Our second activation was to be Point 756/Pyrenees VK3/ VS-013, which is situated off Main Break in the Pyrenees Mountains, north west of Ararat. The summit is just a short drive from Blue Mountain.
Above:- Map showing the location of Point 756/Pyrenees VK3/ VS-013. Image courtesy of google maps.
Point 756/Pyrenees summit is 756 metres above sea level and is worth 4 SOTA points.
After travelling back along the Blue Mountain Track, we continued south east along Main Break, travelling passed the Glenlofty Track on our right, and then Hardy Track and then Sanderson Track on our left.
As we travelled along Main Break, we were rewarded with some nice views out across the Pyrenees through the trees.
Just before reaching Black Range Road, which runs off to the right as you are travelling down Main Break, you will see a track running off to the left. This is how we accessed the summit. This track is impossible if you have a conventional vehicle, but we engaged long range 4WD on the Toyota Hi Lux and crawled up the track which is rocky and quite steep. Please note that if you have reached Cameron Track, you have travelled too far south along Main Break.
Above:- Aerial image showing the location of the summit just on the eastern side of Main Break. The track running off to the right of screen is Black Range Road. Image courtesy of google maps.
We actually travelled a little too far along Main Break and turned around at Black Range Road. The photo below shows us facing north on Main Break. The arrow indicates the dirt track just around the corner which takes you up to the activation zone of this summit.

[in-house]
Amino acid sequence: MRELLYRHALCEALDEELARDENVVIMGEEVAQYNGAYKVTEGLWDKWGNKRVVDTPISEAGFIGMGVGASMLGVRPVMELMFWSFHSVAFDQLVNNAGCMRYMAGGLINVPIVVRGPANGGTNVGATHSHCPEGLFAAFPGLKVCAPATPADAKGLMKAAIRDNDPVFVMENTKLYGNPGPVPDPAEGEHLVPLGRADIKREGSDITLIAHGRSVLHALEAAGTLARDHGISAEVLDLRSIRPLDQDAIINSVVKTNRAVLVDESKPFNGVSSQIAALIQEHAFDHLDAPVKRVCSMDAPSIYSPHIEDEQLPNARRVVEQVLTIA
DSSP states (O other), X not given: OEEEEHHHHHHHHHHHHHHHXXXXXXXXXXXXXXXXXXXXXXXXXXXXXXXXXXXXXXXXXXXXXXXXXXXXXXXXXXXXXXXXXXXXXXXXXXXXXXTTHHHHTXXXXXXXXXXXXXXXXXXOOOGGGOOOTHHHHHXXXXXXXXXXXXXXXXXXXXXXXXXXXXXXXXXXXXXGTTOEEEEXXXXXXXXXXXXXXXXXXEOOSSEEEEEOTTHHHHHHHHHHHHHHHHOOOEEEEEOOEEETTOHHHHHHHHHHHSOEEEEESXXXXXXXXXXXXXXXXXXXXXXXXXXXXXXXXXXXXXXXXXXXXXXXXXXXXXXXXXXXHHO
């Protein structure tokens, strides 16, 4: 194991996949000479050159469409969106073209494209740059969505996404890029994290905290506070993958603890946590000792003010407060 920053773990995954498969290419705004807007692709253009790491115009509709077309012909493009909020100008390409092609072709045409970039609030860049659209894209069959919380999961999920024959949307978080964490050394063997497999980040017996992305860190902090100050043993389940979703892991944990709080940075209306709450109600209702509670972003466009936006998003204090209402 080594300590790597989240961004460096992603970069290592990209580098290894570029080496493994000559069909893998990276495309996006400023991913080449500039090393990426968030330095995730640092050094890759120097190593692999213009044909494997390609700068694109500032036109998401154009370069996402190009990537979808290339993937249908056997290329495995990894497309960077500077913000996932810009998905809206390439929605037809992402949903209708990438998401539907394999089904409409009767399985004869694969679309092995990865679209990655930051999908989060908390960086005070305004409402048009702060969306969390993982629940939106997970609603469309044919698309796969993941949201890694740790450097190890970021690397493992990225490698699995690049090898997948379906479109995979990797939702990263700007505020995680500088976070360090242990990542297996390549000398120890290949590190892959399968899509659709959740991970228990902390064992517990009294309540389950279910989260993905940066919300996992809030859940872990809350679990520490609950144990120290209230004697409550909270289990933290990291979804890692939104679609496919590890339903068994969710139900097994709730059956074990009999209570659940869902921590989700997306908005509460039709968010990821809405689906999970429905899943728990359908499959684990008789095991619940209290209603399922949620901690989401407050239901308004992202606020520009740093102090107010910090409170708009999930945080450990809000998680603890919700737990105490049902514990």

We soon reached a clearing and what appeared to be a logging track. We walked just a short distance with the gear and started setting up. I ran the Yaesu FT-857d, about 30 watts, and the 20m/40m linked dipole. I used a fallen log as a bench.
I was ahead of schedule and was ready to go by 2345 UTC (8.45 a.m. Victorian local time). I commenced calling CQ on 7.090 and my CQ call was answered by Adrian VK5FANA at Arthurton on the Yorke Peninsula (5/8 both ways). Next up was Lee VK2LEE in Scone who was a very strong 5/9 and reciprocated with a 5/9 for me. This was followed by Gerard who was also 5/9, and then Ian VK5IS, again with a 5/9 signal from Beetaloo Valley in the Mid North of South Australia. The 40m band appeared to be in good shape.
I worked 11 stations in VK1, VK2, VK3, and VK5, before the UTC rollover. After the UTC rollover my first contact was with Tom VK2KF in Kandos in New South Wales. This was followed by John VK2YW in Wagga Wagga and then Ron VK3MRH. I worked a further 14 stations on 40m before heading off to 20m
I called CQ numerous times on 20m, but unfortunately there were no takers, so I headed back to 40m. When I arrived back on 40m, John VK2YW called in again and kindly spotted me on SOTAWatch. But I only managed a further 5 contacts into VK2, VK3, VK4, and VK7.
After about 50 minutes on the summit, I had a total of 33 contacts in the log. Time to move on and head off to the next summit, Mount Lonarch.
The following stations were worked:-
A nice 4 pointer!
The Pyrenees are a great little mountain range and offer some spectacular views. This is a nice easily accessible summit, so long as you have a GPS.
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